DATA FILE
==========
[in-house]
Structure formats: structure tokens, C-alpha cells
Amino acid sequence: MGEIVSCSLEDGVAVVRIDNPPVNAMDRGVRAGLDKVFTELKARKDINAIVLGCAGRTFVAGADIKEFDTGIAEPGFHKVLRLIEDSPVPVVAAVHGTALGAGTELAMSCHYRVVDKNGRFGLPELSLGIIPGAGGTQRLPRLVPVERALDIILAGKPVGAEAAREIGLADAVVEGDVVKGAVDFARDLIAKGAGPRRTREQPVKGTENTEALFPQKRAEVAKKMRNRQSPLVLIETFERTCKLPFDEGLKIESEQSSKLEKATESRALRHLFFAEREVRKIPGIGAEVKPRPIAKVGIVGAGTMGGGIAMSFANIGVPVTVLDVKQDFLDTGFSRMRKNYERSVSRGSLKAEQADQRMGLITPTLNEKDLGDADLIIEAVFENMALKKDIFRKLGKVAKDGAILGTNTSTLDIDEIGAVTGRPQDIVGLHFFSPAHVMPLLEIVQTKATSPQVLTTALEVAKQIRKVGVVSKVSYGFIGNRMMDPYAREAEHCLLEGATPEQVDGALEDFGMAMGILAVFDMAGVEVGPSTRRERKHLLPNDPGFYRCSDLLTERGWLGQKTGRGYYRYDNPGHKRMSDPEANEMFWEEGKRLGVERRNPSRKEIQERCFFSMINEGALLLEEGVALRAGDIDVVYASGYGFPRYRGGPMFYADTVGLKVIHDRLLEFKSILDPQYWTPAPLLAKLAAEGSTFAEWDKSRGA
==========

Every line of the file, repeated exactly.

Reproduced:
[in-house]
Structure formats: structure tokens, C-alpha cells
Amino acid sequence: MGEIVSCSLEDGVAVVRIDNPPVNAMDRGVRAGLDKVFTELKARKDINAIVLGCAGRTFVAGADIKEFDTGIAEPGFHKVLRLIEDSPVPVVAAVHGTALGAGTELAMSCHYRVVDKNGRFGLPELSLGIIPGAGGTQRLPRLVPVERALDIILAGKPVGAEAAREIGLADAVVEGDVVKGAVDFARDLIAKGAGPRRTREQPVKGTENTEALFPQKRAEVAKKMRNRQSPLVLIETFERTCKLPFDEGLKIESEQSSKLEKATESRALRHLFFAEREVRKIPGIGAEVKPRPIAKVGIVGAGTMGGGIAMSFANIGVPVTVLDVKQDFLDTGFSRMRKNYERSVSRGSLKAEQADQRMGLITPTLNEKDLGDADLIIEAVFENMALKKDIFRKLGKVAKDGAILGTNTSTLDIDEIGAVTGRPQDIVGLHFFSPAHVMPLLEIVQTKATSPQVLTTALEVAKQIRKVGVVSKVSYGFIGNRMMDPYAREAEHCLLEGATPEQVDGALEDFGMAMGILAVFDMAGVEVGPSTRRERKHLLPNDPGFYRCSDLLTERGWLGQKTGRGYYRYDNPGHKRMSDPEANEMFWEEGKRLGVERRNPSRKEIQERCFFSMINEGALLLEEGVALRAGDIDVVYASGYGFPRYRGGPMFYADTVGLKVIHDRLLEFKSILDPQYWTPAPLLAKLAAEGSTFAEWDKSRGA